United States District Court, E.D. Arkansas, Eastern Division
BETH DEERE, Magistrate Judge.
I. Procedure for Filing Objections:
The following Recommended Disposition ("Recommendation") has been sent to United States District Judge D. P. Marshall Jr. Any party may file written objections to this Recommendation.
Objections must be specific and must include the factual or legal basis for the objection. An objection to a factual finding must identify the finding believed to be incorrect and must describe the evidence that supports that belief.
An original and one copy of objections must be received in the office of the United States District Court Clerk within fourteen (14) days of this Recommendation. A copy will be furnished to the opposing party.
If no objections are filed, Judge Marshall can adopt this Recommendation without independently reviewing all of the evidence in the record. By not objecting, you may also waive any right to appeal questions of fact.
Mail your objections and "Statement of Necessity" to:
Petitioner Melvin Omar Valez-Santos pleaded guilty in the United States District Court for the Middle District of Florida to one count of conspiracy to commit offenses against the United States, and two counts of making a false statement to a federally licensed firearms dealer. (Docket entry #9-1 at p. 1) Judge Richard Lazzara sentenced Mr. Valez-Santos to an aggregate term of 240 months in the Bureau of Prisons ("BOP"). (#9-1 at p. 2) Mr. Valez-Santos timely filed a notice of appeal. His lawyer, however, later filed a motion to dismiss the appeal with prejudice, which the Eleventh Circuit granted. Velez-Santos  v. United States, 469 F.Appx. 809, 810 (11th Cir. 2012).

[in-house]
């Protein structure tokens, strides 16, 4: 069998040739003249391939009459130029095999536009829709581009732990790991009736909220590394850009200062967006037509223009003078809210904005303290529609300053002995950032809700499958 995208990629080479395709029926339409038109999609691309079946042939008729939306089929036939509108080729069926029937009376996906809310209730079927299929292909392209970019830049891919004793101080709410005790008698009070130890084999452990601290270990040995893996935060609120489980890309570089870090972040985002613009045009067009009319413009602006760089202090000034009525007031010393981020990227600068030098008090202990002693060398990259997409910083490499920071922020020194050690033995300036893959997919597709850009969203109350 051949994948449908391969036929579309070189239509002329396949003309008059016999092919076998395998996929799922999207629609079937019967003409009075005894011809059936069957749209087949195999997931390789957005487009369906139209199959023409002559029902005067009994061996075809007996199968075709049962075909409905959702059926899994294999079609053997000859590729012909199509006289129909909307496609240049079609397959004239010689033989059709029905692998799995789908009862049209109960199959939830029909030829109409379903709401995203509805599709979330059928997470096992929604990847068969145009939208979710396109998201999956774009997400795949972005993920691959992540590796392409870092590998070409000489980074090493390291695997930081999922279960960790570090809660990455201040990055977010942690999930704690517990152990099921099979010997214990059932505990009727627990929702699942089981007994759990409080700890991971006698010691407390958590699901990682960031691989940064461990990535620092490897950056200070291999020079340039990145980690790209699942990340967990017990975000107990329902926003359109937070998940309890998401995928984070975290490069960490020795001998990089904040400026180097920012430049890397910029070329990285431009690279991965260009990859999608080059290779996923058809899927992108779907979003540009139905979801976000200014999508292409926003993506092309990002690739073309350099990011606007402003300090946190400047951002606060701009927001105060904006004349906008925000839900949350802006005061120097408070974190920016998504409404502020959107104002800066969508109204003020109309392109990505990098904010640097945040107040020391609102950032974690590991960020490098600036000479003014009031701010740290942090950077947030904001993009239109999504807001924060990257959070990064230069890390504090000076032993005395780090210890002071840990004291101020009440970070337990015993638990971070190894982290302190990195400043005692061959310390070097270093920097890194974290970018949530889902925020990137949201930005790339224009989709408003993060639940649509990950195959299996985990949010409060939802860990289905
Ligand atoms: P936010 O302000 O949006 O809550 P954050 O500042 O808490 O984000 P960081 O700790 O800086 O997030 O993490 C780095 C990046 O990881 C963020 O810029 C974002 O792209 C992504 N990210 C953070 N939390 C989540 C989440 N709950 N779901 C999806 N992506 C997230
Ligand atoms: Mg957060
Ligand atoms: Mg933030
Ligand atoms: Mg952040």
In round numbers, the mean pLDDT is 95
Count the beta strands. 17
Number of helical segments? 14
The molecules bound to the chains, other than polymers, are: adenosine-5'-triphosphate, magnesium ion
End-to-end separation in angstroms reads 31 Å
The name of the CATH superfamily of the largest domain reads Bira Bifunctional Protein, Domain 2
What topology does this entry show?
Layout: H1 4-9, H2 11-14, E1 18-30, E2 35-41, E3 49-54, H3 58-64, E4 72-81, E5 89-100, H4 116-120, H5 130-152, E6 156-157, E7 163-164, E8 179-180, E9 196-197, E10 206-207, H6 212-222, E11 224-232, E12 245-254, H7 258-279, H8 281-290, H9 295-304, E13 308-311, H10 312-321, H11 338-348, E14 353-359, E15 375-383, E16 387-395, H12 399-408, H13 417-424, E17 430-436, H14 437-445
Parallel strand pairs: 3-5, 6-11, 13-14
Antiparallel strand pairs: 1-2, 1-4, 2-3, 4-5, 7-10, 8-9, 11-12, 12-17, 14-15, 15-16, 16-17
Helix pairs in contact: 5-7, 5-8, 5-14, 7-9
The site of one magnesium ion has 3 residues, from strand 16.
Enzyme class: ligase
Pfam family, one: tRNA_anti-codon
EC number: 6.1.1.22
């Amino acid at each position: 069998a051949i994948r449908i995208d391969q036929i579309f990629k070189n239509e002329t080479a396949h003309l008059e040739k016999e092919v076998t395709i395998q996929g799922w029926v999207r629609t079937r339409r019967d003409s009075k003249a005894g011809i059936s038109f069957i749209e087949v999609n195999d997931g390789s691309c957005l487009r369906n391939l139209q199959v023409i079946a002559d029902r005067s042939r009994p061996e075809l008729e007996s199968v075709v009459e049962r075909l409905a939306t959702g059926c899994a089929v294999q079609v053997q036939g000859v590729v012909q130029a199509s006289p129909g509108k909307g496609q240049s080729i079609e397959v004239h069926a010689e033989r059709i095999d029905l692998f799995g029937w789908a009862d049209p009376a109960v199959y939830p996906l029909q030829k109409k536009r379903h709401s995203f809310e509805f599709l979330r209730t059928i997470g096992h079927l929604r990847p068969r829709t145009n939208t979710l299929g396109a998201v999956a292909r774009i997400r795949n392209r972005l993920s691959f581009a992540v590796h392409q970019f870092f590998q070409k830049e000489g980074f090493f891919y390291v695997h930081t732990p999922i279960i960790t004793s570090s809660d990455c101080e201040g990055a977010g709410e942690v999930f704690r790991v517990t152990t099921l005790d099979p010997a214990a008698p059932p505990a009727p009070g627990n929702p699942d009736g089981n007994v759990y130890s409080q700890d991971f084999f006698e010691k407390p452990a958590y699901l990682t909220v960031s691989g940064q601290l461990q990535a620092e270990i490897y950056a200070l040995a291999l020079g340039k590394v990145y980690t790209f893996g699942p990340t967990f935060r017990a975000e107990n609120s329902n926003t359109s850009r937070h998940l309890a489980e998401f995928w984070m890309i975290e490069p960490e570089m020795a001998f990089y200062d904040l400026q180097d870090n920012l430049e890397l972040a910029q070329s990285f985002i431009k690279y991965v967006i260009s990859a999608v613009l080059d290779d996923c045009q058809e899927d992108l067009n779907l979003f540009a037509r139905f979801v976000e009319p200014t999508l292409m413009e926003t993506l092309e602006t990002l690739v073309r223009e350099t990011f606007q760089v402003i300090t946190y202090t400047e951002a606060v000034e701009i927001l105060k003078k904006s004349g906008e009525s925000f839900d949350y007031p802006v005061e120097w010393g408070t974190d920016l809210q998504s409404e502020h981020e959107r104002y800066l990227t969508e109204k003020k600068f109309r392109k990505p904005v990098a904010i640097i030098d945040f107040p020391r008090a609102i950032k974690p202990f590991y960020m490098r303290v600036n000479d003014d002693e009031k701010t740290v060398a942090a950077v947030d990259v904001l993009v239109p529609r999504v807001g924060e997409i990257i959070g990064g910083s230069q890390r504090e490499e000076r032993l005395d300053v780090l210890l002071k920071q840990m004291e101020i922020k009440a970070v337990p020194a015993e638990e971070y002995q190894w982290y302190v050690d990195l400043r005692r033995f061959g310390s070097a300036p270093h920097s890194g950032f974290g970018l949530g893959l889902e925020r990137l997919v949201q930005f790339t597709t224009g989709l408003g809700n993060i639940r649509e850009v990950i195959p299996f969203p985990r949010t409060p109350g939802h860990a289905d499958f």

Mr. Valez-Santos filed a petition under 28 U.S.C. § 2255, challenging his sentence. In the petition, Mr. Valez-Santos complained that his counsel was ineffective because he failed to perfect an appeal, despite being instructed to do so; failed to challenge the sentencing guidelines' base offense level; failed to challenge the ten-level enhancement for involvement of 200 or more firearms; and failed to challenge the four-level enhancement for his role in the offenses. (#9-2)
Mr. Valez-Santos filed a motion with the trial court to vacate, set aside, or correct his sentence, under 28 U.S.C. § 2255. (#9-3) Judge Lazzara appointed new counsel for Mr. Valez-Santos and held an evidentiary hearing at which Mr. Valez-Santos and his former lawyer testified. Velez-Santos, 469 F.Appx. at 810. The Eleventh Circuit summarized Judge Lazarra's findings as follows:
The court found that the lawyer "testified quite clearly that... he did have [Velez-Santos'] authority to dismiss the appeal prior to filing of the motion with the Eleventh Circuit." Id. Crediting the lawyer's testimony, the court found that Velez-Santos was "in agreement to dismiss his appeal, " and it denied the § 2255 motion.
Judge Lazzara did issue a certificate of appealability, however, on the question of whether Mr. Valez-Santos's appellate counsel was ineffective for moving to dismiss Mr. Valez-Santos's direct appeal without authorization. (#9-4) Mr. Valez-Santos appealed, and the Eleventh Circuit affirmed. Velez-Santos, 469 F.Appx. at 811. The Court found that substantial evidence supported the district court's finding that Mr. Valez-Santos's lawyer had authorization from Mr. Valez-Santos to file the motion to dismiss the appeal. Id. The Court also noted that Mr. Valez-Santos had not responded to a letter ...